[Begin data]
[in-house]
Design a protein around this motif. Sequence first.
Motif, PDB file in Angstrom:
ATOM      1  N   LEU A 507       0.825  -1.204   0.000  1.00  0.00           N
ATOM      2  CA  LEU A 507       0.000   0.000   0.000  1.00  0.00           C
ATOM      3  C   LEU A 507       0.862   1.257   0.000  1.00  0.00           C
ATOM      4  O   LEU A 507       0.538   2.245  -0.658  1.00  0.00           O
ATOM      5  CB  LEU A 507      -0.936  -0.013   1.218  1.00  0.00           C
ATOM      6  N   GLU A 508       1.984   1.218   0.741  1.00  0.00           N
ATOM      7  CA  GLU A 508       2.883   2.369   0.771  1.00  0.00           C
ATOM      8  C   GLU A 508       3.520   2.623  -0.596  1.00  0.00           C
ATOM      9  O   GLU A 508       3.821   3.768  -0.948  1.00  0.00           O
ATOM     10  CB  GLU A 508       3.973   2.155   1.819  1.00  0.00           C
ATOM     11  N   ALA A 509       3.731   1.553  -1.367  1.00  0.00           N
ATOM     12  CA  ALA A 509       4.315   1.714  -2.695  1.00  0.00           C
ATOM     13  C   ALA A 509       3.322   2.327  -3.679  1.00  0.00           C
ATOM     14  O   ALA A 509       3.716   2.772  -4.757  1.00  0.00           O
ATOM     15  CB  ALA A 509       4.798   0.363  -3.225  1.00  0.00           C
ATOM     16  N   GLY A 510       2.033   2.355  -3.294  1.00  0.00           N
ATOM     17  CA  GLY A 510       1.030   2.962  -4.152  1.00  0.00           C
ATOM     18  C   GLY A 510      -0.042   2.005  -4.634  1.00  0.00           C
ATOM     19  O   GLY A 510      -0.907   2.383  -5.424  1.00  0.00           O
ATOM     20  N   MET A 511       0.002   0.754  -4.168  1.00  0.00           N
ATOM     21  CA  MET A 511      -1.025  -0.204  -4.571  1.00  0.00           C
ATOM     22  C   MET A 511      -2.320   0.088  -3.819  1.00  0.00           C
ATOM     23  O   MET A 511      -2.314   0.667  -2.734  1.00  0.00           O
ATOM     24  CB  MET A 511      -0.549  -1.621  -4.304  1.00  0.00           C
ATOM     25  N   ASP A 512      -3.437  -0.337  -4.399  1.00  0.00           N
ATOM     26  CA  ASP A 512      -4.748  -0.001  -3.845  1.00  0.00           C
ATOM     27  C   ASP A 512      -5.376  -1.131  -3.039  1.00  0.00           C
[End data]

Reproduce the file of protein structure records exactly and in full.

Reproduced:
[in-house]
Design a protein around this motif. Sequence first.
Motif, PDB file in Angstrom:
ATOM      1  N   LEU A 507       0.825  -1.204   0.000  1.00  0.00           N
ATOM      2  CA  LEU A 507       0.000   0.000   0.000  1.00  0.00           C
ATOM      3  C   LEU A 507       0.862   1.257   0.000  1.00  0.00           C
ATOM      4  O   LEU A 507       0.538   2.245  -0.658  1.00  0.00           O
ATOM      5  CB  LEU A 507      -0.936  -0.013   1.218  1.00  0.00           C
ATOM      6  N   GLU A 508       1.984   1.218   0.741  1.00  0.00           N
ATOM      7  CA  GLU A 508       2.883   2.369   0.771  1.00  0.00           C
ATOM      8  C   GLU A 508       3.520   2.623  -0.596  1.00  0.00           C
ATOM      9  O   GLU A 508       3.821   3.768  -0.948  1.00  0.00           O
ATOM     10  CB  GLU A 508       3.973   2.155   1.819  1.00  0.00           C
ATOM     11  N   ALA A 509       3.731   1.553  -1.367  1.00  0.00           N
ATOM     12  CA  ALA A 509       4.315   1.714  -2.695  1.00  0.00           C
ATOM     13  C   ALA A 509       3.322   2.327  -3.679  1.00  0.00           C
ATOM     14  O   ALA A 509       3.716   2.772  -4.757  1.00  0.00           O
ATOM     15  CB  ALA A 509       4.798   0.363  -3.225  1.00  0.00           C
ATOM     16  N   GLY A 510       2.033   2.355  -3.294  1.00  0.00           N
ATOM     17  CA  GLY A 510       1.030   2.962  -4.152  1.00  0.00           C
ATOM     18  C   GLY A 510      -0.042   2.005  -4.634  1.00  0.00           C
ATOM     19  O   GLY A 510      -0.907   2.383  -5.424  1.00  0.00           O
ATOM     20  N   MET A 511       0.002   0.754  -4.168  1.00  0.00           N
ATOM     21  CA  MET A 511      -1.025  -0.204  -4.571  1.00  0.00           C
ATOM     22  C   MET A 511      -2.320   0.088  -3.819  1.00  0.00           C
ATOM     23  O   MET A 511      -2.314   0.667  -2.734  1.00  0.00           O
ATOM     24  CB  MET A 511      -0.549  -1.621  -4.304  1.00  0.00           C
ATOM     25  N   ASP A 512      -3.437  -0.337  -4.399  1.00  0.00           N
ATOM     26  CA  ASP A 512      -4.748  -0.001  -3.845  1.00  0.00           C
ATOM     27  C   ASP A 512      -5.376  -1.131  -3.039  1.00  0.00           C